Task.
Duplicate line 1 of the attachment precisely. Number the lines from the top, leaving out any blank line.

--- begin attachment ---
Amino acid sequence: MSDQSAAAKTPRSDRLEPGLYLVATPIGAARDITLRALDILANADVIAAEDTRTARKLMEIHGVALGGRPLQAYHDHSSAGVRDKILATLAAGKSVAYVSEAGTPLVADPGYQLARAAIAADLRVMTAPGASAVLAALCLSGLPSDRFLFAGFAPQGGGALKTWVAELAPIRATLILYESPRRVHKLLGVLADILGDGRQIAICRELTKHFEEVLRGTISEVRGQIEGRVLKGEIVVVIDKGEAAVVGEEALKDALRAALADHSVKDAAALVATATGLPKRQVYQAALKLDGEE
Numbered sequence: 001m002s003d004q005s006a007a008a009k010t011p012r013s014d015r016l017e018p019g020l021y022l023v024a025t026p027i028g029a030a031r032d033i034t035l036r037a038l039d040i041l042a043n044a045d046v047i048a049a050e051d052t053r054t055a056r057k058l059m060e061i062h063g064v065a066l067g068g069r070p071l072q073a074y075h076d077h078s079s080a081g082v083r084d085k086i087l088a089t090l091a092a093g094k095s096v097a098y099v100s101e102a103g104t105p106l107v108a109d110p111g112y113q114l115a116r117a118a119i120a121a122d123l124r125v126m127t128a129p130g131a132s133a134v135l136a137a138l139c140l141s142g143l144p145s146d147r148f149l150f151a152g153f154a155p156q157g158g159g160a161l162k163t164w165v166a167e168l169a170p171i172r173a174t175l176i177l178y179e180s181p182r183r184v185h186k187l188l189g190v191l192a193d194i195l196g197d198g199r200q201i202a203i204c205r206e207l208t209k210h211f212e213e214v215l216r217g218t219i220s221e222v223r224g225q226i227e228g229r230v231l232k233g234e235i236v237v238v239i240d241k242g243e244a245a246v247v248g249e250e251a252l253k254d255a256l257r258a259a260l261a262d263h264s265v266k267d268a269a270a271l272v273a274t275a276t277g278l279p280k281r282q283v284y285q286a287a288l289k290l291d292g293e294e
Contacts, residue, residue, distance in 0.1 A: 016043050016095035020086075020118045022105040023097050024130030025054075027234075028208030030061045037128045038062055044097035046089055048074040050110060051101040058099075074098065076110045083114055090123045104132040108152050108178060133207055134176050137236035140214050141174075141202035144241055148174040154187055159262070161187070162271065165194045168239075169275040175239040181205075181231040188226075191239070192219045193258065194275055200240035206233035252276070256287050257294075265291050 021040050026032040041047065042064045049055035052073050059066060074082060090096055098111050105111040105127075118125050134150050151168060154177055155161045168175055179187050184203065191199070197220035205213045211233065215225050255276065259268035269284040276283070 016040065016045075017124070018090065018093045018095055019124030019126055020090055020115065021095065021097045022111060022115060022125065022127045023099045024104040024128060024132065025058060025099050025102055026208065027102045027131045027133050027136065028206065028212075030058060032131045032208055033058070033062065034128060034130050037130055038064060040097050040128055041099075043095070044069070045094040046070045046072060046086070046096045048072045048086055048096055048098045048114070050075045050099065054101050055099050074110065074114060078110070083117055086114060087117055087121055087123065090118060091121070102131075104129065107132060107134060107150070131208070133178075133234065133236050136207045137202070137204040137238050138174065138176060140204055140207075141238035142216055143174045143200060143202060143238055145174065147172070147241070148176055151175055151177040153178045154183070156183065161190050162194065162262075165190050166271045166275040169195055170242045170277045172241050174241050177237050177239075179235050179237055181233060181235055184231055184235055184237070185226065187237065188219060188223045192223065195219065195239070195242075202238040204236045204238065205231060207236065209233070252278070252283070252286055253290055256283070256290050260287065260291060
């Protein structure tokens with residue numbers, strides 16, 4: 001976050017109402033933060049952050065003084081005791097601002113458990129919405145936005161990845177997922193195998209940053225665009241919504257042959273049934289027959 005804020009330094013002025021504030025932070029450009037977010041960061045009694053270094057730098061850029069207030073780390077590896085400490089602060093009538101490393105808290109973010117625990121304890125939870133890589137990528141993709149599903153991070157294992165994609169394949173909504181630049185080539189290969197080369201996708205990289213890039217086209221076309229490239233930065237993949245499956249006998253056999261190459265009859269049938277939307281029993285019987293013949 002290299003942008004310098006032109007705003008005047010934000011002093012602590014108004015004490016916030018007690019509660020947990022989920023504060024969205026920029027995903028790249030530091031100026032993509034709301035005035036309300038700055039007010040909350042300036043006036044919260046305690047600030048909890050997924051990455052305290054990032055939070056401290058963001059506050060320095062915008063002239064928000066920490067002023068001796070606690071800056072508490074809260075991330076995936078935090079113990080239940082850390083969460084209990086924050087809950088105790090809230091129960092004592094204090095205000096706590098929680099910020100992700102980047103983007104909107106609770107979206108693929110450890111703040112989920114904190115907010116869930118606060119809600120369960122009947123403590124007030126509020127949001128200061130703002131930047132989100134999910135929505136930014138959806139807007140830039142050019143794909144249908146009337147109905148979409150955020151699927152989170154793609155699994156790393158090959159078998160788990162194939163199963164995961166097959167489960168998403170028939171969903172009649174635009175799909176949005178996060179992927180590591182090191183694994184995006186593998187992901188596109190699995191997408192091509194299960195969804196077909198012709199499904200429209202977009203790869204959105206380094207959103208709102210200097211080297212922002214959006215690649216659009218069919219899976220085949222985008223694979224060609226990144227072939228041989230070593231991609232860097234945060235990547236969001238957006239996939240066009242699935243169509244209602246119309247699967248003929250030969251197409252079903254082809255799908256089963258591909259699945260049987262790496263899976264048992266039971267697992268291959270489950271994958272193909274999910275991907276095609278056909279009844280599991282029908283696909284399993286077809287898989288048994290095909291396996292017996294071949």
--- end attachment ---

Amino acid sequence: MSDQSAAAKTPRSDRLEPGLYLVATPIGAARDITLRALDILANADVIAAEDTRTARKLMEIHGVALGGRPLQAYHDHSSAGVRDKILATLAAGKSVAYVSEAGTPLVADPGYQLARAAIAADLRVMTAPGASAVLAALCLSGLPSDRFLFAGFAPQGGGALKTWVAELAPIRATLILYESPRRVHKLLGVLADILGDGRQIAICRELTKHFEEVLRGTISEVRGQIEGRVLKGEIVVVIDKGEAAVVGEEALKDALRAALADHSVKDAAALVATATGLPKRQVYQAALKLDGEE